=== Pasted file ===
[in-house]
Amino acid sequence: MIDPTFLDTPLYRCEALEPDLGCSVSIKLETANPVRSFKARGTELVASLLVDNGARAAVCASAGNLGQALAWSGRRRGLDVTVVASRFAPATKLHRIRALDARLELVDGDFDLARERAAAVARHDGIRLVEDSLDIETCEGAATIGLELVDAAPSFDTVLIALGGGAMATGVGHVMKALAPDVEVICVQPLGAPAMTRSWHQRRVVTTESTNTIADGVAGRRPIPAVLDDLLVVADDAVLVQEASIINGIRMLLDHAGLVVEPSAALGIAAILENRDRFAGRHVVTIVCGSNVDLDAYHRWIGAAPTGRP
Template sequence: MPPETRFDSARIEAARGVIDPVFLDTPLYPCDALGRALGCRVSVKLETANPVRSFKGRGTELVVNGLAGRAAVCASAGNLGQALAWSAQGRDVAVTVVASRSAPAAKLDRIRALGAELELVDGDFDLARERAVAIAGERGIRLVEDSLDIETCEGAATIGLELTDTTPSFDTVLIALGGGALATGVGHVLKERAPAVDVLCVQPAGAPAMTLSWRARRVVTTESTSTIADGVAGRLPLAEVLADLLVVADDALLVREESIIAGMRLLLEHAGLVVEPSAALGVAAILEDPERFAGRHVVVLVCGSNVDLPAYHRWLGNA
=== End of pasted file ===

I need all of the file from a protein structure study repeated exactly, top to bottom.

[in-house]
Amino acid sequence: MIDPTFLDTPLYRCEALEPDLGCSVSIKLETANPVRSFKARGTELVASLLVDNGARAAVCASAGNLGQALAWSGRRRGLDVTVVASRFAPATKLHRIRALDARLELVDGDFDLARERAAAVARHDGIRLVEDSLDIETCEGAATIGLELVDAAPSFDTVLIALGGGAMATGVGHVMKALAPDVEVICVQPLGAPAMTRSWHQRRVVTTESTNTIADGVAGRRPIPAVLDDLLVVADDAVLVQEASIINGIRMLLDHAGLVVEPSAALGIAAILENRDRFAGRHVVTIVCGSNVDLDAYHRWIGAAPTGRP
Template sequence: MPPETRFDSARIEAARGVIDPVFLDTPLYPCDALGRALGCRVSVKLETANPVRSFKGRGTELVVNGLAGRAAVCASAGNLGQALAWSAQGRDVAVTVVASRSAPAAKLDRIRALGAELELVDGDFDLARERAVAIAGERGIRLVEDSLDIETCEGAATIGLELTDTTPSFDTVLIALGGGALATGVGHVLKERAPAVDVLCVQPAGAPAMTLSWRARRVVTTESTSTIADGVAGRLPLAEVLADLLVVADDALLVREESIIAGMRLLLEHAGLVVEPSAALGVAAILEDPERFAGRHVVVLVCGSNVDLPAYHRWLGNA